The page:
Home / Opinion / Columns /  Prepare for the irreversible rise of non-profit activity everywhere

The last quarter century, which saw major economic crises every few years, should be seen more as a crash of the discipline of economics than anything else. The future we see around us tells us that global socio- political-economic realities have changed, but economists are still wringing their hands in despair over the impending demise of free trade and the rise of protectionist policies. But protectionism isn’t a problem, it is a desperate remedy that accountable politicians have been eager to grasp, while unaccountable economic experts offer no better solution than the endless printing of money. Economists no longer seem to understand the complex realities engulfing us.

In a world where cheap capital-financed technology is adding more to gross domestic product (GDP) than almost any other factor of production, we have to internalize some observable truths: One, human skills will always be trumped by machines. This implies that jobs depend on making human skills compatible with what machines and computers already do much better. Two, skill demand will be extremely polarized, with high demand for super-skills, and low demand for middle skills, and reasonably high demand for easily learnable skills. This is the essence of our jobs crisis, and the solutions don’t lie in lowering taxes or providing cheap money to zombie firms. Three, all the material things needed for human survival already exist in abundance. It is only their distribution that is the problem. Four, large parts of the real output of goods and services are moving into the non-monetizable part of the economy, and hence disappear from GDP. The proverbial homemaker economy, where real services are provided without showing up in GDP numbers, is now spreading beyond gender-based distribution of paid and unpaid work.

The last point can easily be demonstrated in the world of media, where there is an organized sector with an advertising-driven business model. But this model is under attack from millions of “free" publications and blogs that individuals and non-profit micro-companies produce. According to one estimate, there are now more than 500 million blogs that produce more than two million posts daily. Very little of this free output is showing up in GDP. Most large media houses have also become partial non-profit organizations, as they make much of their money from activities beyond their core business.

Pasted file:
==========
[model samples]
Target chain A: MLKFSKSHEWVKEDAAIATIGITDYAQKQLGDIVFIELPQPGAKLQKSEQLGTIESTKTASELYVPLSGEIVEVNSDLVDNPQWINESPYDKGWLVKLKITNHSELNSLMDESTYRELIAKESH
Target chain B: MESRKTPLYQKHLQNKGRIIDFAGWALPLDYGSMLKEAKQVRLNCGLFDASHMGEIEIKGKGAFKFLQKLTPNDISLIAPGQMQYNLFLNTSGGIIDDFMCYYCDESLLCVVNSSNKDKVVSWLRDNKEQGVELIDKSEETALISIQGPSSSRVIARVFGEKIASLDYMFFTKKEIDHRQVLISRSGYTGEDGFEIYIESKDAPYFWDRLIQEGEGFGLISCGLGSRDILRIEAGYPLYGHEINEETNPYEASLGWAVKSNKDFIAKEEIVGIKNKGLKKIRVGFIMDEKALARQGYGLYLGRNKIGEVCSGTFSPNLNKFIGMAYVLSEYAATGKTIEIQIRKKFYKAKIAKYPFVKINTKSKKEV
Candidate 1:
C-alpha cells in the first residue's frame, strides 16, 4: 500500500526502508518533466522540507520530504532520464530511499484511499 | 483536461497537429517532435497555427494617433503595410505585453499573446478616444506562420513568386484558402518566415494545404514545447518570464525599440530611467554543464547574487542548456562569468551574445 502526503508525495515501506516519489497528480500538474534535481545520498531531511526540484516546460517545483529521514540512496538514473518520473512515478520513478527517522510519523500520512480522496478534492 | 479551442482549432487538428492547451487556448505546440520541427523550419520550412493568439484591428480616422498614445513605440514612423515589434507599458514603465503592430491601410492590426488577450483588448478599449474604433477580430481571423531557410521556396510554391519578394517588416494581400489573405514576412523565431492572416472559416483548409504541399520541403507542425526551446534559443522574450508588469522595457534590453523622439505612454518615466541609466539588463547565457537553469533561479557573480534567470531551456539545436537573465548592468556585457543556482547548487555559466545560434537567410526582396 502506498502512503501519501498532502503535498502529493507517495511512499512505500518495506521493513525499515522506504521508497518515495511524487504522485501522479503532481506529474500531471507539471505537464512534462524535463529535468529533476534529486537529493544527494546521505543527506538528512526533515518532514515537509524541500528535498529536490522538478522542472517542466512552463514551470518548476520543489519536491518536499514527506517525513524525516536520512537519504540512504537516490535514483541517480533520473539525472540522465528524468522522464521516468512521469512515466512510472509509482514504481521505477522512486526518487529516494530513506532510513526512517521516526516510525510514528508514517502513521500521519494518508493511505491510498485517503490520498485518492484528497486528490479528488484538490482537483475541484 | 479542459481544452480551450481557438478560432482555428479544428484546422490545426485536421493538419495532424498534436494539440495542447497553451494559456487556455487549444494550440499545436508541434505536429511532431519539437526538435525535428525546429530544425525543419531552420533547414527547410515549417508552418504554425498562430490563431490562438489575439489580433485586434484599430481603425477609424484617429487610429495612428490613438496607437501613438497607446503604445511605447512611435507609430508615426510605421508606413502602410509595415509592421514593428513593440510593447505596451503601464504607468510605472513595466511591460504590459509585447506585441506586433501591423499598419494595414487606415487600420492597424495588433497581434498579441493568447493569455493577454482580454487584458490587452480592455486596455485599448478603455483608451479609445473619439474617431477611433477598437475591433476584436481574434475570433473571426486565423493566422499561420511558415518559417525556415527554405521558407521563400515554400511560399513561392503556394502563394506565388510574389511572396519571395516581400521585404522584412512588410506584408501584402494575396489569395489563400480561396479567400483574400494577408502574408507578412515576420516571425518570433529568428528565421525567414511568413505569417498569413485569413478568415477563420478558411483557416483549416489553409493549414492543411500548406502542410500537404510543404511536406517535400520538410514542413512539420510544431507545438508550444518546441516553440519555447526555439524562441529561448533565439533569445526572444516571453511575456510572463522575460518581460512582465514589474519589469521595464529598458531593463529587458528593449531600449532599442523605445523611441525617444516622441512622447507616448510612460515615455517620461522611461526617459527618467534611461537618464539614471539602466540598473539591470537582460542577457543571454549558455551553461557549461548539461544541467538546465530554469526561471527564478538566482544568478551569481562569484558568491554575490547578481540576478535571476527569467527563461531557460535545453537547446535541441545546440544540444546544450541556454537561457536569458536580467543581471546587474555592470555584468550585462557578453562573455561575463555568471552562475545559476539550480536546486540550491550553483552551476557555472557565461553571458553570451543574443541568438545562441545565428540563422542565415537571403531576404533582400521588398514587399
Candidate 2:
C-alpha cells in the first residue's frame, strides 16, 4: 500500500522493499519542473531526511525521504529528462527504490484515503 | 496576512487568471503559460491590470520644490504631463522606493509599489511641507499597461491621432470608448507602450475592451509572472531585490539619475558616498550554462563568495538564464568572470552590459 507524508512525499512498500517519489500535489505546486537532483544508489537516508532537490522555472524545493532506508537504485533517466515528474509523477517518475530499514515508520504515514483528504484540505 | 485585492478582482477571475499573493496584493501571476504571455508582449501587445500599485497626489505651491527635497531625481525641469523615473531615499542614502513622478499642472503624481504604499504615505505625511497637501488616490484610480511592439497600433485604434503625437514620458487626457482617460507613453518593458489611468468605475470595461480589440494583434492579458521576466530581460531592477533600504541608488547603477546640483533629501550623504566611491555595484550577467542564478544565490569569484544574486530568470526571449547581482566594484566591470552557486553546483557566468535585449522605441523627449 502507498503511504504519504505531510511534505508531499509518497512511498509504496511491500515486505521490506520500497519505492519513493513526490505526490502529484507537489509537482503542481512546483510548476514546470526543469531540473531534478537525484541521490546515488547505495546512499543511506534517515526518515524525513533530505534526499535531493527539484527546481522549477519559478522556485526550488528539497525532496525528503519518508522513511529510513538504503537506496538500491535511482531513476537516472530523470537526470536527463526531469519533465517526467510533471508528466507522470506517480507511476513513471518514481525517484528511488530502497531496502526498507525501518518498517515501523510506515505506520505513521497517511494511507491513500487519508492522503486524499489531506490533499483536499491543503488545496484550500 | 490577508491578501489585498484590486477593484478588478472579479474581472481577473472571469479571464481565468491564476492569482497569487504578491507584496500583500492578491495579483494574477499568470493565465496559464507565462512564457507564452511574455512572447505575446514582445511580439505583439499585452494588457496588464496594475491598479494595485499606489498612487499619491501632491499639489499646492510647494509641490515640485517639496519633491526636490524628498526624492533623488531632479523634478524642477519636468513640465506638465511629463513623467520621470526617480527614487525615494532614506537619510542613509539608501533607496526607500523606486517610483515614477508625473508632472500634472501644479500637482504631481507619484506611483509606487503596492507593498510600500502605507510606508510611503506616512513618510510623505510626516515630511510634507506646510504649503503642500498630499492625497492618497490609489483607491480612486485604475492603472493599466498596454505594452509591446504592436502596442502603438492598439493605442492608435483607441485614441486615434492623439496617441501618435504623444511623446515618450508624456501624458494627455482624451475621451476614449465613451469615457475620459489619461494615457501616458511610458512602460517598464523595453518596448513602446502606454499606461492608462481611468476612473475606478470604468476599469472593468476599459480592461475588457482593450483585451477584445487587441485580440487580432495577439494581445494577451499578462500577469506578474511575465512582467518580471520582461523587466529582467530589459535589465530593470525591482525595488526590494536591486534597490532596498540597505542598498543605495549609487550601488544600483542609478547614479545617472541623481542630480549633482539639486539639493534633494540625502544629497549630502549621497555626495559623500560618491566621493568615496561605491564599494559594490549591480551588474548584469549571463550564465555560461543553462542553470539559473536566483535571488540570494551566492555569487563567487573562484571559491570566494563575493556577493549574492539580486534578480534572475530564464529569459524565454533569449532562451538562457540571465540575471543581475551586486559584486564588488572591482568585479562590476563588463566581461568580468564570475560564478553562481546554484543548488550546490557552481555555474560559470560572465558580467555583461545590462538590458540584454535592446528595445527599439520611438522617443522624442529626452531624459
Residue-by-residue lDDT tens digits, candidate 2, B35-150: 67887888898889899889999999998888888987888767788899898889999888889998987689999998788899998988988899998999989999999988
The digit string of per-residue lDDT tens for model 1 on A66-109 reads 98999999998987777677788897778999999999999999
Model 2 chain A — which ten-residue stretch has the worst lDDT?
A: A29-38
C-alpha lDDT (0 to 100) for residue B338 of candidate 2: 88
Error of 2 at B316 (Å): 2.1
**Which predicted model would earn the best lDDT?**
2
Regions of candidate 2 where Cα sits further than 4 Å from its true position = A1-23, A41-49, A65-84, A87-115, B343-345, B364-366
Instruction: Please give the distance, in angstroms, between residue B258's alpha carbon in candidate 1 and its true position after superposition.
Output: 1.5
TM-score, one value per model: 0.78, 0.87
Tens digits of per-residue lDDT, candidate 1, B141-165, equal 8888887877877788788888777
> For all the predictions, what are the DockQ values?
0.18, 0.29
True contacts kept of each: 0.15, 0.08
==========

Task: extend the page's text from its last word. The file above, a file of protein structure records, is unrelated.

These observed facts point us in one direction: that the new global economy will rapidly polarize between a market economy dominated by firms that produce goods and services efficiently, and a non-market economy that needs to exist so as to find “work" and distribute incomes or goods and services, almost like non-governmental organizations (NGOs). The market economy is reliant on the expansion of non-state services financed by profits or wealth generated within. In the years ahead, we will probably see a dramatic expansion of the non-market economy, something that free-traders and globalizers don’t seem to see as factors in their economic forecasts.

Today, many governments focus on make-work (like our rural employment guarantee scheme) and income-distribution schemes unrelated to work, from a universal basic income to cash payouts of the kind the Narendra Modi government is now making to farmers and female Jan Dhan account holders. Some of these are camouflaged as loans, which may soon go bad and need writeoffs and waivers. If we are asking corporates to compulsorily allot 2% of net profits to social activities, again this is a free income or services scheme. Zombie firms that exist only because of cheap liquidity are also non-profits kept alive for social and political reasons. The market economy may come to depend on the rapid expansion of such non-government and zombie firms.

This means non-profits will be crucial for social cohesion and harmony. As a corollary, governments need to make this sector more efficient and vibrant, and as deserving of deregulation as the mainstream corporate sector.

The number of non-profits is rising dramatically because of a huge unmet demand for public goods and services. A Central Bureau of Investigation survey in 2015 found there were more than 3.1 million registered NGOs. The current number could be around 3.5 million. We have one NGO for every 400 citizens. Most of them may be poorly run, with some even created for shady purposes like money-laundering and vote-buying. Since many NGOs exist only to achieve single goals—preventing pollution or saving wildlife—their activities could get in the way of profitable economic processes. Despite the apparent legitimacy of anti-pollution concerns, the short-term outcomes can be economically negative—as the closure of a Sterlite plant in Tamil Nadu shows.

However, there is little doubt that the non-profit sector plays a huge role in the economy. It needs better regulation, enlightened leadership and greater professionalisation to deliver healthy social and economic outcomes when the market economy is failing to do its job. The NGO-ization of economies is irreversible. We should focus on making them more responsible and productive, and less obstructive.

R. Jagannathan is editorial director, ‘Swarajya’ magazine

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